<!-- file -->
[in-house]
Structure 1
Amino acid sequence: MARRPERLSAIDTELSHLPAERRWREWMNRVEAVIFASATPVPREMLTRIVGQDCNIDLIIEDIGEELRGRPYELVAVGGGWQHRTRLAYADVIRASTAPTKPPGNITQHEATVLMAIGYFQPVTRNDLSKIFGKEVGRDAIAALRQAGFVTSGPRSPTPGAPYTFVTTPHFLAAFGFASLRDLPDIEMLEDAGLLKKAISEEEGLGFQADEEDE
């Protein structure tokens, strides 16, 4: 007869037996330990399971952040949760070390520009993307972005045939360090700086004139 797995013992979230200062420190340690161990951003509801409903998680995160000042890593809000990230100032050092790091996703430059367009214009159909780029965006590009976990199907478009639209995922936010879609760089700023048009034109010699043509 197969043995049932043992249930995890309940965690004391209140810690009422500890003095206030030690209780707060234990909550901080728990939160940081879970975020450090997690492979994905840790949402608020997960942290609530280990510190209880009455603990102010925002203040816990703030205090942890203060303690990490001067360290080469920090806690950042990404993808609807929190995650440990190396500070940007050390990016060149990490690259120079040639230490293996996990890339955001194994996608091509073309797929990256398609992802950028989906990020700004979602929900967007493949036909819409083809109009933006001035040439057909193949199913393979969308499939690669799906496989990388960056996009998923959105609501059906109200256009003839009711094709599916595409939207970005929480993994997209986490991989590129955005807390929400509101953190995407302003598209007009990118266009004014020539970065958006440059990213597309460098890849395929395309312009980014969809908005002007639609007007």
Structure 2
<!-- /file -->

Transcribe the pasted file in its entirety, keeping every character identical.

[in-house]
Structure 1
Amino acid sequence: MARRPERLSAIDTELSHLPAERRWREWMNRVEAVIFASATPVPREMLTRIVGQDCNIDLIIEDIGEELRGRPYELVAVGGGWQHRTRLAYADVIRASTAPTKPPGNITQHEATVLMAIGYFQPVTRNDLSKIFGKEVGRDAIAALRQAGFVTSGPRSPTPGAPYTFVTTPHFLAAFGFASLRDLPDIEMLEDAGLLKKAISEEEGLGFQADEEDE
């Protein structure tokens, strides 16, 4: 007869037996330990399971952040949760070390520009993307972005045939360090700086004139 797995013992979230200062420190340690161990951003509801409903998680995160000042890593809000990230100032050092790091996703430059367009214009159909780029965006590009976990199907478009639209995922936010879609760089700023048009034109010699043509 197969043995049932043992249930995890309940965690004391209140810690009422500890003095206030030690209780707060234990909550901080728990939160940081879970975020450090997690492979994905840790949402608020997960942290609530280990510190209880009455603990102010925002203040816990703030205090942890203060303690990490001067360290080469920090806690950042990404993808609807929190995650440990190396500070940007050390990016060149990490690259120079040639230490293996996990890339955001194994996608091509073309797929990256398609992802950028989906990020700004979602929900967007493949036909819409083809109009933006001035040439057909193949199913393979969308499939690669799906496989990388960056996009998923959105609501059906109200256009003839009711094709599916595409939207970005929480993994997209986490991989590129955005807390929400509101953190995407302003598209007009990118266009004014020539970065958006440059990213597309460098890849395929395309312009980014969809908005002007639609007007």
Structure 2